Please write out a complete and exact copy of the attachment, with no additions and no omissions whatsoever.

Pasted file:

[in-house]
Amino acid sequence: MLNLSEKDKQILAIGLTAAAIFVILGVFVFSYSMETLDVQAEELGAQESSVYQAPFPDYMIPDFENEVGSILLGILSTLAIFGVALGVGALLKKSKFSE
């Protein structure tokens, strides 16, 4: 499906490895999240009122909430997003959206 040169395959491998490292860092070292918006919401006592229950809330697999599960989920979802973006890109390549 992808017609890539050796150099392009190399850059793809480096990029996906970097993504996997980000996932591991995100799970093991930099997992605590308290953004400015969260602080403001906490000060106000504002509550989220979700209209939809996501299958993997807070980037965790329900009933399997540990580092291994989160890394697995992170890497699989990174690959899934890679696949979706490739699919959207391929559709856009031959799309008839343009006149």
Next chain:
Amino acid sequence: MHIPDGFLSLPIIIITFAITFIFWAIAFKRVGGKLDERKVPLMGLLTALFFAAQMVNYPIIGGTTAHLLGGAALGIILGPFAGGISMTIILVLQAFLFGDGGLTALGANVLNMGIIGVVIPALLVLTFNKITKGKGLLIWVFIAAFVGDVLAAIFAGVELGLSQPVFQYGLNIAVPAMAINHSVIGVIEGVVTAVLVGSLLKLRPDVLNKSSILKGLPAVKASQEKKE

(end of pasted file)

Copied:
[in-house]
Amino acid sequence: MLNLSEKDKQILAIGLTAAAIFVILGVFVFSYSMETLDVQAEELGAQESSVYQAPFPDYMIPDFENEVGSILLGILSTLAIFGVALGVGALLKKSKFSE
């Protein structure tokens, strides 16, 4: 499906490895999240009122909430997003959206 040169395959491998490292860092070292918006919401006592229950809330697999599960989920979802973006890109390549 992808017609890539050796150099392009190399850059793809480096990029996906970097993504996997980000996932591991995100799970093991930099997992605590308290953004400015969260602080403001906490000060106000504002509550989220979700209209939809996501299958993997807070980037965790329900009933399997540990580092291994989160890394697995992170890497699989990174690959899934890679696949979706490739699919959207391929559709856009031959799309008839343009006149």
Next chain:
Amino acid sequence: MHIPDGFLSLPIIIITFAITFIFWAIAFKRVGGKLDERKVPLMGLLTALFFAAQMVNYPIIGGTTAHLLGGAALGIILGPFAGGISMTIILVLQAFLFGDGGLTALGANVLNMGIIGVVIPALLVLTFNKITKGKGLLIWVFIAAFVGDVLAAIFAGVELGLSQPVFQYGLNIAVPAMAINHSVIGVIEGVVTAVLVGSLLKLRPDVLNKSSILKGLPAVKASQEKKE